Gary Panter (born December 1, 1950 in Durant, Oklahoma) is an illustrator, painter, designer and part-time musician. Panter's work is representative of the post-underground, new wave comics movement that began with the end of Arcade: The Comics Revue and the initiation of RAW, one of the second generation in American underground comix. Attended East Texas State University now known as Texas A&M University-Commerce where he studied under Jack Unruh.
Panter has published his work in various magazines and newspapers, including Raw, Time and Rolling Stone magazine. He has exhibited widely, and won three Emmy awards for his set designs for Pee-Wee's Playhouse. His most notable works include Jimbo, Adventures in Paradise, Jimbo's Inferno and Facetasm, which was created together with Charles Burns.
Panter claims to have been influenced by among others, Frank Zappa's art director Cal Schenkel. His comics are fast and hard and are drawn in an expressionistic manner. His works balance the worlds of painting, commercial art, illustration, cartoons, alternative comix, and music. Panter undertakes all of his projects with imaginative punk flair.
As an early participant in the Los Angeles punk scene in the 1970s, Gary Panter defined the grungy style of the era with his drawings for Slash magazine and numerous record covers.
In the 1980s, he was the set designer for Pee Wee's Playhouse, where he won three Emmy Awards. Prior to Panter's work, kid shows had a more lulling aesthetic: everything was round, "cute", simplified, and pastel. The set of Pee-wee's Playhouse was the antithesis of pablum-art: it was dense as a jungle and jam-packed with surprises, often loud and abrasive ones.
While doing illustration and set designs, Panter kept up an active career as a cartoonist. His work in comics includes contributions to the avant-garde comics magazine RAW and the graphic novel Cola Madnes. Matt Groening, the creator of The Simpsons TV show, once noted that Panter "applied his fine-art training to the casualness of the comic strip, and the result was an explosive series of graphic experiments that are imitated in small doses all over the world today". Groening himself can be seen as an example of a cartoonist who has learned much from Panter. The jagged smashed-glass rawness of The Simpsons (think of Lisa's hair) can be traced back to the post-apocalyptic world that Panter was sketching in the early 1980s. The Simpsons could be seen as mutant escapees from Panter's early work.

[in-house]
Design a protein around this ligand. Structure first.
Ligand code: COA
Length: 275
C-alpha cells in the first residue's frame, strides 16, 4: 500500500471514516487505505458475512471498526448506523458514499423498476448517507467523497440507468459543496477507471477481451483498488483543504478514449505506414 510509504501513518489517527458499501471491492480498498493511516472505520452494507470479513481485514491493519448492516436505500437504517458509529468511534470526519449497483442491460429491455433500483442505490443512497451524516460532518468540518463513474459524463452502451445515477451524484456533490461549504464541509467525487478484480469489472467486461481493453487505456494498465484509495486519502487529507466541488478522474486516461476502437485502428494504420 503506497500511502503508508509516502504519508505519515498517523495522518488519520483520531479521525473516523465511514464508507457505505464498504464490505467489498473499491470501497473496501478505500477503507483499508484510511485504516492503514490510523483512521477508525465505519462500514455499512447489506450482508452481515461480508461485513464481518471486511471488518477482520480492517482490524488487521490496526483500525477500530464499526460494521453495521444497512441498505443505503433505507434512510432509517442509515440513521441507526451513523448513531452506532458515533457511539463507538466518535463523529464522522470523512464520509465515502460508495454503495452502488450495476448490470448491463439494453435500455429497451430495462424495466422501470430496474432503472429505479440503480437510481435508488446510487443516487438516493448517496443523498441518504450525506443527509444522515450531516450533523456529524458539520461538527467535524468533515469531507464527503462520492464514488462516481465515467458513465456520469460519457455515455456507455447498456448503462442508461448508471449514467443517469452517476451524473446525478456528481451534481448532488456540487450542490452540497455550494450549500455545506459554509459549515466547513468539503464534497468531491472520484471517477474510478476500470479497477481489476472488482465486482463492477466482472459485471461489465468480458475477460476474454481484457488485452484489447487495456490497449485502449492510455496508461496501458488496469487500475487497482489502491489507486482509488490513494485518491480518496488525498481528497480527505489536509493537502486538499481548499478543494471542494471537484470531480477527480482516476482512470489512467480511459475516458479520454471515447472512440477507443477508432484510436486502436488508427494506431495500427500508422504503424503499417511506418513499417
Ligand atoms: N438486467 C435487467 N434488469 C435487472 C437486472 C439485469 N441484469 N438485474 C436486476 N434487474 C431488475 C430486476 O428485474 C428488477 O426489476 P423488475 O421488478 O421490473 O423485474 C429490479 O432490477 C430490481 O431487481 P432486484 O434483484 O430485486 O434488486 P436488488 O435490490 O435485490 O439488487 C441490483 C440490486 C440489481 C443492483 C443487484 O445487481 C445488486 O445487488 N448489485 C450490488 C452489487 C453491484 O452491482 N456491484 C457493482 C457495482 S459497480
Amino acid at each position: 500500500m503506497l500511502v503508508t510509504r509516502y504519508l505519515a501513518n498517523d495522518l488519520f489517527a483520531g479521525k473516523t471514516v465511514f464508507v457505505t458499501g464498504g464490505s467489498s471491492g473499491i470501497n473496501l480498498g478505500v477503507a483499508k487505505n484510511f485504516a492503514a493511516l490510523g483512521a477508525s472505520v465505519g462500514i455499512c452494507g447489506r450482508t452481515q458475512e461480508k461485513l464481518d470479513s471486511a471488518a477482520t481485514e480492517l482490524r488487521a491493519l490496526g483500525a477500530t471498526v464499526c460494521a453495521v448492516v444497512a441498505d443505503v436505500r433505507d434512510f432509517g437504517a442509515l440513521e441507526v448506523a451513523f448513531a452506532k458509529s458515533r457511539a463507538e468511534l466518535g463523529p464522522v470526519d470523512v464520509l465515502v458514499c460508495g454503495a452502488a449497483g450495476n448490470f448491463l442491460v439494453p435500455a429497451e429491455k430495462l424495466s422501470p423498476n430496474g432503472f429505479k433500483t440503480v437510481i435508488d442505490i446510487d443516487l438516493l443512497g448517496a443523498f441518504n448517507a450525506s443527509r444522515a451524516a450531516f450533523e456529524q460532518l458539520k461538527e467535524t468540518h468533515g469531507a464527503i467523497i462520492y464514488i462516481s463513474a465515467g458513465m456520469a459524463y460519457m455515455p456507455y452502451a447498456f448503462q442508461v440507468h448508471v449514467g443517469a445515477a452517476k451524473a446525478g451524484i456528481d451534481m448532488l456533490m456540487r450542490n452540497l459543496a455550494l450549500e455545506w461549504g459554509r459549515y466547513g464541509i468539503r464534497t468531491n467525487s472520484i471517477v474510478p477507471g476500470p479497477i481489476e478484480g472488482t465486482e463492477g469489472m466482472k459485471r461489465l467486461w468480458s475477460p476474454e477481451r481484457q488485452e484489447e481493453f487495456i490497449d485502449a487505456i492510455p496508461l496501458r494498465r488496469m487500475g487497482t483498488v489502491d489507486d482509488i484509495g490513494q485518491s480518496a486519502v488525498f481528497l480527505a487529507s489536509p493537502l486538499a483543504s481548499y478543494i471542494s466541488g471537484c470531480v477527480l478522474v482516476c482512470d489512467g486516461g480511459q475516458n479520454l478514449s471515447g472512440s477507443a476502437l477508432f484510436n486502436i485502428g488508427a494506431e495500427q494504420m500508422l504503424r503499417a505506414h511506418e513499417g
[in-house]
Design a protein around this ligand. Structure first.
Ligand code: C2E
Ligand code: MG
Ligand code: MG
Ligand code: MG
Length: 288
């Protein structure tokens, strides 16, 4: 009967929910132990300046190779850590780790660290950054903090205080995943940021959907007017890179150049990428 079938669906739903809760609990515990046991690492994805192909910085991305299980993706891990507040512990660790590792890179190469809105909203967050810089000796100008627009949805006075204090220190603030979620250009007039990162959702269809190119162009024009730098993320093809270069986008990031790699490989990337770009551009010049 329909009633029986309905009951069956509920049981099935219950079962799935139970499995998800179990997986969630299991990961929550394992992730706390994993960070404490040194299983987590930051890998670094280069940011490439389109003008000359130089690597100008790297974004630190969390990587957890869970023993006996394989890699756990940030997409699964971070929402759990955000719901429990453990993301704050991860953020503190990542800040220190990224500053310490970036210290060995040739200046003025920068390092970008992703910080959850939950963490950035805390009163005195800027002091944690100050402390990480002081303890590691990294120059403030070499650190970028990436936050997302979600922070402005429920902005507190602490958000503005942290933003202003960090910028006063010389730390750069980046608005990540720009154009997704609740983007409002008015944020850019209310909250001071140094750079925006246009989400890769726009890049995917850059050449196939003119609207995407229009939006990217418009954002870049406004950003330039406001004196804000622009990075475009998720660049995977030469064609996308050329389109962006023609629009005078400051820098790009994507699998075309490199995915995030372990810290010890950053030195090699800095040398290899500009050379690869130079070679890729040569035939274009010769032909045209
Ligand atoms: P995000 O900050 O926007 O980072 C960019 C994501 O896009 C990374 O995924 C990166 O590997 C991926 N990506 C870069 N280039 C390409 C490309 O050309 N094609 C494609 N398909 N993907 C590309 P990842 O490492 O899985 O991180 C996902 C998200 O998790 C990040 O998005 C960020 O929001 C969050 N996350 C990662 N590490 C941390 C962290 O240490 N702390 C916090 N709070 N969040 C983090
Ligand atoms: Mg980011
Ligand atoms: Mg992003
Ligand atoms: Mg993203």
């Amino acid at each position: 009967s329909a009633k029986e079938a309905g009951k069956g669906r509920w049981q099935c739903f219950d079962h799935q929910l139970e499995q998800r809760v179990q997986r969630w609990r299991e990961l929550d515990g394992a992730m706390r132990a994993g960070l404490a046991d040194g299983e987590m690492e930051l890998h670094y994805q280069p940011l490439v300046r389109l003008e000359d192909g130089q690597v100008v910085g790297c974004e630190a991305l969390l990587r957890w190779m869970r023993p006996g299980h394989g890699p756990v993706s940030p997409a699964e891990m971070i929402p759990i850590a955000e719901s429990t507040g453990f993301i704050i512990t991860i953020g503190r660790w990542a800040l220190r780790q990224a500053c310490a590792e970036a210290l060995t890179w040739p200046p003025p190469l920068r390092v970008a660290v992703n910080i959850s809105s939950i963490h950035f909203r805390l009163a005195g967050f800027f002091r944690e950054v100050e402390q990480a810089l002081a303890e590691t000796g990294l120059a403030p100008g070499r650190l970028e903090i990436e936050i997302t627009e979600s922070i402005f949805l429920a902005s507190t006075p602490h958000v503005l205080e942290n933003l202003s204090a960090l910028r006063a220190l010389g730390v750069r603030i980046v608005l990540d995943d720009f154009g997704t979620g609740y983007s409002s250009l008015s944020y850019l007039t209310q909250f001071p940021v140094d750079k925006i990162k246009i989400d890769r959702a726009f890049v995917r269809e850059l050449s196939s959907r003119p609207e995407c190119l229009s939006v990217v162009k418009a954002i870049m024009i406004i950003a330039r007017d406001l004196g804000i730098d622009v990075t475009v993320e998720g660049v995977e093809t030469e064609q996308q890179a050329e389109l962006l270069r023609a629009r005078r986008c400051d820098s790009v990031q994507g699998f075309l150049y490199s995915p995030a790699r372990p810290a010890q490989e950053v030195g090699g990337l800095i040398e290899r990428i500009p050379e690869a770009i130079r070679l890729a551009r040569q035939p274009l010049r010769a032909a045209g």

He has recently published Jimbo in Purgatory, and Jimbo's Inferno, lavishly produced graphic novels which incorporate classic literature elements (most prominently Dante's Divine Comedy) with pop and punk culture sensibilities. One of his paintings was used as the cover art for Yo La Tengo's album I Am Not Afraid of You and I Will Beat Your Ass.
Awards and honors
With Winsor McCay, Lyonel Feininger, George Herriman, Elzie Segar, Frank King, Chester Gould, Milton Caniff, Charles Schulz, Will Eisner, Jack Kirby, Harvey Kurtzman, Robert Crumb, Art Spiegelman and Chris Ware, Panter was among the artists honored in the exhibition "Masters of American Comics" at the Jewish Museum in New York City, from September 16, 2006 to January 28, 2007.
An exhibition of originals of Gary Panter's drawings and paintings was shown at the Phoenix Art Museum in Phoenix, AZ from April 21 through August 19, 2007. An exhibition of paintings was at the Dunn and Brown Contemporary gallery in Dallas in October 2007.
- Gary panter interview
- Chris Bors (May 8, 2008). "Gary Panter in New York". ARTINFO. Retrieved 2008-05-14
- "Exhibitions: Masters of American Comics". The Jewish Museum. Retrieved 2010-08-10.. WebCitation archive.
- Kimmelman, Michael. "See You in the Funny Papers" (art review), The New York Times, October 13, 2006
- Gary Panter.com – Official Gary Panter website
- Pink Donkey
- Suicide Girls Interview
- Jeet Heer Jimbo in purgatory review
- Joe Clark overview